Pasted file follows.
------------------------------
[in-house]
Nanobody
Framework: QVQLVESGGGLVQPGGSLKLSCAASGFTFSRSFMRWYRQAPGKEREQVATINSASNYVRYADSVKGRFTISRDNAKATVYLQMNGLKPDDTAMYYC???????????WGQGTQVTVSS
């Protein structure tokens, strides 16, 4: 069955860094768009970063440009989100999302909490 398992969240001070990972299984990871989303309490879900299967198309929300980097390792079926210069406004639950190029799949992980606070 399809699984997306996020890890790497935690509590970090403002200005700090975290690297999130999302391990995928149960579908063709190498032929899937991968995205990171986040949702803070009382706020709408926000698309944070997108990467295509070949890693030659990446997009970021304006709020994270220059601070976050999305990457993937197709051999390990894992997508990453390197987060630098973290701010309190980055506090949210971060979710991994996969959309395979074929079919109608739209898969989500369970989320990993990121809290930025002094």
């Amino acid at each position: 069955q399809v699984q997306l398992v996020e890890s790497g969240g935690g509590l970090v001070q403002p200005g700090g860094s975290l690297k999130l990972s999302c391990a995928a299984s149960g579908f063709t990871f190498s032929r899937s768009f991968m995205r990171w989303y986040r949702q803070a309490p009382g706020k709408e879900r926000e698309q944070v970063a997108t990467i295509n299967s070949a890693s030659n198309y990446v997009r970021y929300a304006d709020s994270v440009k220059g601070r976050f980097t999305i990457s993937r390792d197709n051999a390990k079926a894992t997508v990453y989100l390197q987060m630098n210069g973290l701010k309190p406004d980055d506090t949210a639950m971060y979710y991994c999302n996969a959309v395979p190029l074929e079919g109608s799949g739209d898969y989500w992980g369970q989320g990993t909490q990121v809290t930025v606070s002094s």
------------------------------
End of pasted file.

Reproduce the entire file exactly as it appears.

[in-house]
Nanobody
Framework: QVQLVESGGGLVQPGGSLKLSCAASGFTFSRSFMRWYRQAPGKEREQVATINSASNYVRYADSVKGRFTISRDNAKATVYLQMNGLKPDDTAMYYC???????????WGQGTQVTVSS
């Protein structure tokens, strides 16, 4: 069955860094768009970063440009989100999302909490 398992969240001070990972299984990871989303309490879900299967198309929300980097390792079926210069406004639950190029799949992980606070 399809699984997306996020890890790497935690509590970090403002200005700090975290690297999130999302391990995928149960579908063709190498032929899937991968995205990171986040949702803070009382706020709408926000698309944070997108990467295509070949890693030659990446997009970021304006709020994270220059601070976050999305990457993937197709051999390990894992997508990453390197987060630098973290701010309190980055506090949210971060979710991994996969959309395979074929079919109608739209898969989500369970989320990993990121809290930025002094």
């Amino acid at each position: 069955q399809v699984q997306l398992v996020e890890s790497g969240g935690g509590l970090v001070q403002p200005g700090g860094s975290l690297k999130l990972s999302c391990a995928a299984s149960g579908f063709t990871f190498s032929r899937s768009f991968m995205r990171w989303y986040r949702q803070a309490p009382g706020k709408e879900r926000e698309q944070v970063a997108t990467i295509n299967s070949a890693s030659n198309y990446v997009r970021y929300a304006d709020s994270v440009k220059g601070r976050f980097t999305i990457s993937r390792d197709n051999a390990k079926a894992t997508v990453y989100l390197q987060m630098n210069g973290l701010k309190p406004d980055d506090t949210a639950m971060y979710y991994c999302n996969a959309v395979p190029l074929e079919g109608s799949g739209d898969y989500w992980g369970q989320g990993t909490q990121v809290t930025v606070s002094s």